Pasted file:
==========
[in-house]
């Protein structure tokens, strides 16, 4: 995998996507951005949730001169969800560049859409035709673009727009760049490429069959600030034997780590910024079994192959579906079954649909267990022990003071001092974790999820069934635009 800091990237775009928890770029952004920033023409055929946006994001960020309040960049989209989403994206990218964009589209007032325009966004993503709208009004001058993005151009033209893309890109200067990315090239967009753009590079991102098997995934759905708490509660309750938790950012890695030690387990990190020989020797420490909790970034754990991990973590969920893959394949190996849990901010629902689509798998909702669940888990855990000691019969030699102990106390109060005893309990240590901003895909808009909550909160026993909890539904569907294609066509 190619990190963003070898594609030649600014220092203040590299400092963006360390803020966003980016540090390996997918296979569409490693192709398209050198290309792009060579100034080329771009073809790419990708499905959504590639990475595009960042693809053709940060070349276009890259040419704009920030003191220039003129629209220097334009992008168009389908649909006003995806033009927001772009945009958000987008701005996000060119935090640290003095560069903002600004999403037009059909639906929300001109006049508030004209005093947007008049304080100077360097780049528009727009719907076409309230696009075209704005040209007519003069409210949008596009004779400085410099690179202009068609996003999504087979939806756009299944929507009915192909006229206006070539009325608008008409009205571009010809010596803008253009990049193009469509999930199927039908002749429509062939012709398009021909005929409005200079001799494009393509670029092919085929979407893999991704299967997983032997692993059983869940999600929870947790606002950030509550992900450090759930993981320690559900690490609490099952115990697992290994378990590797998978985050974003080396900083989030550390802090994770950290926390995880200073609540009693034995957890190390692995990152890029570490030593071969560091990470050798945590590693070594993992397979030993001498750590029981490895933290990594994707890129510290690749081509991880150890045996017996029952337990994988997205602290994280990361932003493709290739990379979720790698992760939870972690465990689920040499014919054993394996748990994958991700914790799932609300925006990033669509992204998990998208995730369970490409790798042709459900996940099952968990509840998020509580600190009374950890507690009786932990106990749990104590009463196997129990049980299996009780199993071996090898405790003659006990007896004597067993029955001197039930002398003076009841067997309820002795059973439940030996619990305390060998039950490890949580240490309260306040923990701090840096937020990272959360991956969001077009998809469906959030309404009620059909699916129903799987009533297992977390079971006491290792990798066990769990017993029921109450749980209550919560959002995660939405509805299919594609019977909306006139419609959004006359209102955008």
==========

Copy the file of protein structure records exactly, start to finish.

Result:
[in-house]
């Protein structure tokens, strides 16, 4: 995998996507951005949730001169969800560049859409035709673009727009760049490429069959600030034997780590910024079994192959579906079954649909267990022990003071001092974790999820069934635009 800091990237775009928890770029952004920033023409055929946006994001960020309040960049989209989403994206990218964009589209007032325009966004993503709208009004001058993005151009033209893309890109200067990315090239967009753009590079991102098997995934759905708490509660309750938790950012890695030690387990990190020989020797420490909790970034754990991990973590969920893959394949190996849990901010629902689509798998909702669940888990855990000691019969030699102990106390109060005893309990240590901003895909808009909550909160026993909890539904569907294609066509 190619990190963003070898594609030649600014220092203040590299400092963006360390803020966003980016540090390996997918296979569409490693192709398209050198290309792009060579100034080329771009073809790419990708499905959504590639990475595009960042693809053709940060070349276009890259040419704009920030003191220039003129629209220097334009992008168009389908649909006003995806033009927001772009945009958000987008701005996000060119935090640290003095560069903002600004999403037009059909639906929300001109006049508030004209005093947007008049304080100077360097780049528009727009719907076409309230696009075209704005040209007519003069409210949008596009004779400085410099690179202009068609996003999504087979939806756009299944929507009915192909006229206006070539009325608008008409009205571009010809010596803008253009990049193009469509999930199927039908002749429509062939012709398009021909005929409005200079001799494009393509670029092919085929979407893999991704299967997983032997692993059983869940999600929870947790606002950030509550992900450090759930993981320690559900690490609490099952115990697992290994378990590797998978985050974003080396900083989030550390802090994770950290926390995880200073609540009693034995957890190390692995990152890029570490030593071969560091990470050798945590590693070594993992397979030993001498750590029981490895933290990594994707890129510290690749081509991880150890045996017996029952337990994988997205602290994280990361932003493709290739990379979720790698992760939870972690465990689920040499014919054993394996748990994958991700914790799932609300925006990033669509992204998990998208995730369970490409790798042709459900996940099952968990509840998020509580600190009374950890507690009786932990106990749990104590009463196997129990049980299996009780199993071996090898405790003659006990007896004597067993029955001197039930002398003076009841067997309820002795059973439940030996619990305390060998039950490890949580240490309260306040923990701090840096937020990272959360991956969001077009998809469906959030309404009620059909699916129903799987009533297992977390079971006491290792990798066990769990017993029921109450749980209550919560959002995660939405509805299919594609019977909306006139419609959004006359209102955008």